For example, when criticized about not doing enough to help African-American businesses, he’s replied, “My general view has been consistent throughout, which is that I want all businesses to succeed. I want all Americans to have opportunity. I’m not the president of black America. I’m the president of the United States of America.” And this is exactly correct. Anyone expecting Obama to make the plight of African-Americans the focus of his presidency does not fully appreciate the enormity of the office and issues it must address.
The result is that his election and policies have not significantly affected the conditions in black America as advocated for at the March in 1963. The full name of that political demonstration is instructive: The March on Washington for Jobs and Freedom. This assembly of Americans of all races, but primarily blacks, was an expression of solidarity for very specific requests of the federal government. The agenda consisted of petitions for fair employment practices, sufficient wages, access to suitable and integrated schools, and nondiscriminatory housing.
Yet, even as the job market has recovered under Obama, black unemployment remains in a perpetual state of recession-level percentages, and consistently twice the national average. African-American wage disparity as compared to the national average remains an issue today just as it always has. An Economic Policy Institute report, “The Unfinished March,” shows that concentrated, impoverished housing and school segregation today remain very close to the levels they did in 1963. African-American imprisonment rates, particularly for young men, remain appalling.
The president has simply aligned his approach with the adage, “a rising tide lifts all boats.” In other words, by simply helping all Americans, the theory goes, it is inevitable that African-Americans will also benefit. But what the March on Washington, and many members of the black community, argued is that the primary issue was about disparities – that rising tides do not close those gaps. Thus, from a practical perspective, not much has changed about the African-American experience under a black president.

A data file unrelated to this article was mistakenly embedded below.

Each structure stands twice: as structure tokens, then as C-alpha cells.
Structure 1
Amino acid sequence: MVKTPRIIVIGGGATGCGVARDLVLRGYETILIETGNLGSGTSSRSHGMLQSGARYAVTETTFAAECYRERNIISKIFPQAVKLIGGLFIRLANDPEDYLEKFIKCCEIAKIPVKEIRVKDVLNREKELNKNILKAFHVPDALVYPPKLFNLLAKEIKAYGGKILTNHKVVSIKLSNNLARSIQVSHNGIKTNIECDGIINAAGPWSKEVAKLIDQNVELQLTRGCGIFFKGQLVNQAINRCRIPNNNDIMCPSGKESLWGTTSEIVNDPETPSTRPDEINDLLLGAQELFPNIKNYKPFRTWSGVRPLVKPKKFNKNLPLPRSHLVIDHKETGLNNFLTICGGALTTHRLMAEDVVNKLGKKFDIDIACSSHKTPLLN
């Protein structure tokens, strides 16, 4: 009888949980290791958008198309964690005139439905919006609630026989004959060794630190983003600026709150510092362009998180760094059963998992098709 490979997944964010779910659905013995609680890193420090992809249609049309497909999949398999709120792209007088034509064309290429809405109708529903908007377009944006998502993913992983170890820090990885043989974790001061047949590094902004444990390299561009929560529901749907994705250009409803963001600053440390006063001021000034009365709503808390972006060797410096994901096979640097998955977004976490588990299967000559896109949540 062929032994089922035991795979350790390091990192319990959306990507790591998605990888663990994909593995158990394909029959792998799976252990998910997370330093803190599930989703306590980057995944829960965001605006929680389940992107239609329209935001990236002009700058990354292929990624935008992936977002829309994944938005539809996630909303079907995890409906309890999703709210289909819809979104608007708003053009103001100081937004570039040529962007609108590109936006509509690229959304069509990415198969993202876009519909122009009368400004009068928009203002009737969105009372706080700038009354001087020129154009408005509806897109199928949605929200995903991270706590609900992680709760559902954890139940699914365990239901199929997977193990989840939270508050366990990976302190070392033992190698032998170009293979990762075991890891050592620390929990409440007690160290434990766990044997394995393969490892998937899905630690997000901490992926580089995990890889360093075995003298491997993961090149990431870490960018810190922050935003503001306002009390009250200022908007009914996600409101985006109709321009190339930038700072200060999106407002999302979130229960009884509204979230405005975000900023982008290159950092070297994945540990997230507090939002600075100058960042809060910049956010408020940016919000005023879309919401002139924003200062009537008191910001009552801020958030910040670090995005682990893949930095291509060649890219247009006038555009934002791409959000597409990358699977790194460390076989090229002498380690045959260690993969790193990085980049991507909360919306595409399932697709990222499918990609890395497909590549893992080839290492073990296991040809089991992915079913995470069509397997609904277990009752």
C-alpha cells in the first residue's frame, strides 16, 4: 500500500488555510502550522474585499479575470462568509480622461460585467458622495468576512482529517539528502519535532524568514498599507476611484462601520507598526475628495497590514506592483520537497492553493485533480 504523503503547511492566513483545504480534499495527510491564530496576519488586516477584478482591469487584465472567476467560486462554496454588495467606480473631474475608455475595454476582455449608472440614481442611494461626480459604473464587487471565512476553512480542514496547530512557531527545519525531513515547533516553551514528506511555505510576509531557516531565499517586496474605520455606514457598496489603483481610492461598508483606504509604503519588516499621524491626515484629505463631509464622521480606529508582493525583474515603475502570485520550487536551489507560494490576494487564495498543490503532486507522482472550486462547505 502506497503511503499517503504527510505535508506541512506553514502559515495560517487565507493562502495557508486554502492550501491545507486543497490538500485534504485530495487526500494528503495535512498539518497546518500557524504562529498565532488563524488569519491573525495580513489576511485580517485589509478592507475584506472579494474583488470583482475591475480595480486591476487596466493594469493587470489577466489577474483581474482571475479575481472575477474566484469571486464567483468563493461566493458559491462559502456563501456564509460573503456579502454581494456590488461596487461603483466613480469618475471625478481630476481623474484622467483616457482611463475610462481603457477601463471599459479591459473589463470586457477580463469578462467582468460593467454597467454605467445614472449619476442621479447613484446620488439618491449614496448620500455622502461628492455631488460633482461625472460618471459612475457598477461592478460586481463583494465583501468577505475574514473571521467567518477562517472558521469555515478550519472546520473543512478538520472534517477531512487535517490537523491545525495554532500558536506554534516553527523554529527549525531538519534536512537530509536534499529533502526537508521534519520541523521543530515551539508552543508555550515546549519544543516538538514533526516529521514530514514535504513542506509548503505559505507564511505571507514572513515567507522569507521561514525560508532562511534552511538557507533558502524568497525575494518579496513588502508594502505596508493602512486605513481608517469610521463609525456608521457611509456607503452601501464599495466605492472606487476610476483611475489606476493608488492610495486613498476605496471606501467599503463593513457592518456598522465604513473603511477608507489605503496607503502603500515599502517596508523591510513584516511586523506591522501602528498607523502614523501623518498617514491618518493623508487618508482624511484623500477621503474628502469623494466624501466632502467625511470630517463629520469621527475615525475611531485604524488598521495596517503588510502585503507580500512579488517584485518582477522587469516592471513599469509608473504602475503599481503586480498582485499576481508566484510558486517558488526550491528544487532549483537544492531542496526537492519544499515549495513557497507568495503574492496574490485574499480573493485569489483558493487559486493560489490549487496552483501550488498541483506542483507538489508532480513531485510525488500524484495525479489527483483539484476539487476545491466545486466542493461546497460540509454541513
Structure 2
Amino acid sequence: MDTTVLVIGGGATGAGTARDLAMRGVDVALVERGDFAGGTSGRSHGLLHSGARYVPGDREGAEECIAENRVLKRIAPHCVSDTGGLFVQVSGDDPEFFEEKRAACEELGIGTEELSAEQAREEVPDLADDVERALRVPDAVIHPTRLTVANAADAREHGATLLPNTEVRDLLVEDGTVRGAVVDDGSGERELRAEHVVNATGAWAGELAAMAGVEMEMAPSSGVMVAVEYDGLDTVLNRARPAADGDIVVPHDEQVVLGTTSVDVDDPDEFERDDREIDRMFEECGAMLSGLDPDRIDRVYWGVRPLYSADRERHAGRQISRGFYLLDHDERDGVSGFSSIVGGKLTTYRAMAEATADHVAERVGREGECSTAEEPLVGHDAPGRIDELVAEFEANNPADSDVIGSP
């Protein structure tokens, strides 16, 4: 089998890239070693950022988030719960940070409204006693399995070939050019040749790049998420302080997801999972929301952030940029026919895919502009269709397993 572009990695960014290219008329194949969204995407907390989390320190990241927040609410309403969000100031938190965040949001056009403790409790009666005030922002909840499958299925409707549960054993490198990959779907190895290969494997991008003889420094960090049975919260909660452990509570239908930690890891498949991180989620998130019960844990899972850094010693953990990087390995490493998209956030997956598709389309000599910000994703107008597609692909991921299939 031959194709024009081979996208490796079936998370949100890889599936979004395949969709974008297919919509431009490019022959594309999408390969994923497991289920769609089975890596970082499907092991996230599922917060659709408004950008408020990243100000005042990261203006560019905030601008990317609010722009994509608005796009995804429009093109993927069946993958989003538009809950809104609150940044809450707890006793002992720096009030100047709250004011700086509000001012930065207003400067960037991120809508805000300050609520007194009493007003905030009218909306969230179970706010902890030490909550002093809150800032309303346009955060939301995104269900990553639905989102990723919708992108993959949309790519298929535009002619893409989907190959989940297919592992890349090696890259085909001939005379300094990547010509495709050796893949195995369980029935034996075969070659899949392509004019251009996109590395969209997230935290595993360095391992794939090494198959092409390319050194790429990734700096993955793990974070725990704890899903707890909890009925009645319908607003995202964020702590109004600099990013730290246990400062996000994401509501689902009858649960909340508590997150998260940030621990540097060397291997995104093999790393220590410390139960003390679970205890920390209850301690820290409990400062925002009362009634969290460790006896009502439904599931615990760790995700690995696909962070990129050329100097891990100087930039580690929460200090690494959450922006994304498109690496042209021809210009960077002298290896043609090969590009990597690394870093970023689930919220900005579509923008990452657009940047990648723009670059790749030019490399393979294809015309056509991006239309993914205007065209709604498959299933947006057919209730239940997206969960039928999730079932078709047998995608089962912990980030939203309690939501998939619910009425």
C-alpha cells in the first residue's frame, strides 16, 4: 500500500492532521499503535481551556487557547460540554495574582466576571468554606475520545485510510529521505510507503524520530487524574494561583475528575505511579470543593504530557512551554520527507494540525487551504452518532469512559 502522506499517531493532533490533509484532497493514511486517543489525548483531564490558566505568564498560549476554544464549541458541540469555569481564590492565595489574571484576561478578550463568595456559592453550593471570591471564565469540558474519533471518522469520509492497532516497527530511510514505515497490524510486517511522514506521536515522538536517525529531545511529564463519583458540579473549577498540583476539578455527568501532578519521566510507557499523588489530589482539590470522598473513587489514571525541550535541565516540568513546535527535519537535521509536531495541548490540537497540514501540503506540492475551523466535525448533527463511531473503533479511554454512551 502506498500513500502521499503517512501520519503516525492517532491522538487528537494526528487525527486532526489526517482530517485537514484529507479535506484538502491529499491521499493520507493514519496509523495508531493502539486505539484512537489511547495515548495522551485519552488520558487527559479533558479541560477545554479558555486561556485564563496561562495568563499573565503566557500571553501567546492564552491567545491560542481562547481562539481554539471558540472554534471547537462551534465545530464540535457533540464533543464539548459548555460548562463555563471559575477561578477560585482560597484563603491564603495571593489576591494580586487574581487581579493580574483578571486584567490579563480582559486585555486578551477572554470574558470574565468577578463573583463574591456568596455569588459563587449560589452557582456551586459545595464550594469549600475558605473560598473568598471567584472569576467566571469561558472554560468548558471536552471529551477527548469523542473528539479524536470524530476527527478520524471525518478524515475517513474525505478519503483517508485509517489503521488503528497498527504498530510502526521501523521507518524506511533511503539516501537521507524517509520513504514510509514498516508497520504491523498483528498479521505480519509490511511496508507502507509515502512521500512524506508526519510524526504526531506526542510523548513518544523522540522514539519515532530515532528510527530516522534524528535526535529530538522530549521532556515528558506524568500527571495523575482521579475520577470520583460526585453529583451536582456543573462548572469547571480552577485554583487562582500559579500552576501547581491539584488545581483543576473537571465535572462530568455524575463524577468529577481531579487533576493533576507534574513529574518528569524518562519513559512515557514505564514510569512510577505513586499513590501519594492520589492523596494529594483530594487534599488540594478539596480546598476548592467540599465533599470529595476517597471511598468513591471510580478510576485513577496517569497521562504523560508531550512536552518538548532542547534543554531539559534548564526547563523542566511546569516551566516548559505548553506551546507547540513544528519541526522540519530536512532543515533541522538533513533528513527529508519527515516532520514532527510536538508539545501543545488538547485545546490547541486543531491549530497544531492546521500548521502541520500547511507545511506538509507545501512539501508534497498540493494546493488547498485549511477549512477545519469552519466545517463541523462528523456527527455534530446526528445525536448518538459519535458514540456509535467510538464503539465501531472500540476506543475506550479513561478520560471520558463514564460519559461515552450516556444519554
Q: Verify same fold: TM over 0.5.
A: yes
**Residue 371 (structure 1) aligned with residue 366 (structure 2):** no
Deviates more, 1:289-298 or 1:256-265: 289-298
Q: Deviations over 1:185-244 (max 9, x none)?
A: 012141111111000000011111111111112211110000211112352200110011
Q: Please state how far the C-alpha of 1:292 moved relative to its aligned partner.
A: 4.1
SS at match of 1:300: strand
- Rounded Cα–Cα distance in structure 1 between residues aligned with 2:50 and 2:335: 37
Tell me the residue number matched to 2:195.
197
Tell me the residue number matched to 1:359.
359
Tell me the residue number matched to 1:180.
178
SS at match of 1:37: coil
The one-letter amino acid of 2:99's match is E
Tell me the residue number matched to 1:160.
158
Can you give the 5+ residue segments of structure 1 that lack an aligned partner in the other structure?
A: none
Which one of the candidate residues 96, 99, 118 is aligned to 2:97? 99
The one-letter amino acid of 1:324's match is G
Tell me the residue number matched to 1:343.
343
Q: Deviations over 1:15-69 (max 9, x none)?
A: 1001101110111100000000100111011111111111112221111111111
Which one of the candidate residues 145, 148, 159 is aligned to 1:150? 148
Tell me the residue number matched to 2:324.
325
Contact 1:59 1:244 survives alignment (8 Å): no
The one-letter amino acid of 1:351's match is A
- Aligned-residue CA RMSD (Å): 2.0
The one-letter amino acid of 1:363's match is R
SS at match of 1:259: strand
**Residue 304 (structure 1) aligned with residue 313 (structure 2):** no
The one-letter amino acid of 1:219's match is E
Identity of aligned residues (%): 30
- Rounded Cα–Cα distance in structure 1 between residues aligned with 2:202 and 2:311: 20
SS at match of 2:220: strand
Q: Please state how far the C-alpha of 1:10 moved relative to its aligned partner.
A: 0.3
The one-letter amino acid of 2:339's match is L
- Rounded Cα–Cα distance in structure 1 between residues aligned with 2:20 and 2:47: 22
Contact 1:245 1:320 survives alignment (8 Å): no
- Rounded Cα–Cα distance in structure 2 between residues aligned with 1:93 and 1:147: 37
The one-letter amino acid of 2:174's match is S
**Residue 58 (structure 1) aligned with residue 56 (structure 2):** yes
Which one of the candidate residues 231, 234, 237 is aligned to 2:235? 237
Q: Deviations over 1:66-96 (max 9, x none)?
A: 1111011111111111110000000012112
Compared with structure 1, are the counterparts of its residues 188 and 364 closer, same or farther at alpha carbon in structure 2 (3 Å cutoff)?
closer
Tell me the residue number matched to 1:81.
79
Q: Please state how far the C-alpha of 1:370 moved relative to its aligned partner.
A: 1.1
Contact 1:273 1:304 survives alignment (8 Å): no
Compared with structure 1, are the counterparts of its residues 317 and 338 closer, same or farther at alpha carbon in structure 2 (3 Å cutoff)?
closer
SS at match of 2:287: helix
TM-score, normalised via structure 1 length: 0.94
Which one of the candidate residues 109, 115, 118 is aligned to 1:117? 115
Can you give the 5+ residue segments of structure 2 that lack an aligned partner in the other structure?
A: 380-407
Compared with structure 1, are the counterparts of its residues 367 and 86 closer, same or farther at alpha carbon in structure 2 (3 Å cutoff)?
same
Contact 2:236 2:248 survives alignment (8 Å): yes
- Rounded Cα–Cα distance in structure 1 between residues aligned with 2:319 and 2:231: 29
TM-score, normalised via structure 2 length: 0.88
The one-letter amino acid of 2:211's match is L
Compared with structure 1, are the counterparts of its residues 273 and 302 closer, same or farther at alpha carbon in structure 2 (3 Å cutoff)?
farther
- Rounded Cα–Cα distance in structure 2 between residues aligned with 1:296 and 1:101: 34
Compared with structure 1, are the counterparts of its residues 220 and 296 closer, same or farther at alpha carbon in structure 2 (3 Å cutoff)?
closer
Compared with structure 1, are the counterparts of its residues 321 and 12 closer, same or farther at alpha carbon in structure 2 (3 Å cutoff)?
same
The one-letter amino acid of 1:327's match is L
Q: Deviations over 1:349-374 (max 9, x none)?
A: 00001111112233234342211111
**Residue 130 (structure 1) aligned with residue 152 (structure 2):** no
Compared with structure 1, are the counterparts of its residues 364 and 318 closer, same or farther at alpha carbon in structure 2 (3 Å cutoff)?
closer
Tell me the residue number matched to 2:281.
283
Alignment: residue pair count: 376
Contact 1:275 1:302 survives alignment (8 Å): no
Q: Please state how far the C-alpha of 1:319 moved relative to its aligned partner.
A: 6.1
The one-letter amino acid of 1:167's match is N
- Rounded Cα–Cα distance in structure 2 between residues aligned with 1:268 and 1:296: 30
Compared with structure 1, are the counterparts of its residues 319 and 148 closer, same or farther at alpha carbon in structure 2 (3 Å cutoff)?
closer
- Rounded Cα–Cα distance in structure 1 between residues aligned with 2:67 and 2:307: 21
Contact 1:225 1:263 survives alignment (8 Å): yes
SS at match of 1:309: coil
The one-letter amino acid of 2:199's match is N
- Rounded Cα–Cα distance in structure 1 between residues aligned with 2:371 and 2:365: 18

To be sure, there have been some steps the president has taken to specifically help African-Americans. His executive order awarding grants to historically black colleges and universities was a welcome development, though the recent change in some federal loan requirements means fewer students will be there to take advantage. Additionally, the announcement that the Department of Justice would undertake sentencing reform was welcome news to exasperated African-Americans – even if many would have preferred the Obama administration to have tackled the issue much earlier.
For all the meaning that will be on display when President Obama takes the stage to commemorate a seminal moment in American history, it will be a largely symbolic moment that does not bring about the change the March on Washington demanded. This may have to be enough. After all, his contribution as role model has forever changed the nation.
Though most African-Americans wanted him to be the embodiment of the speech and the march, it was probably too much, if not inappropriate, to expect him to be both. The work that remains is now the province of the newly inspired. And this, too, is exactly correct.
Theodore Roosevelt Johnson III is an active-duty Navy officer, writer, and 2011-2012 White House Fellow. The views expressed here are his own and do not necessarily reflect the views of the US government.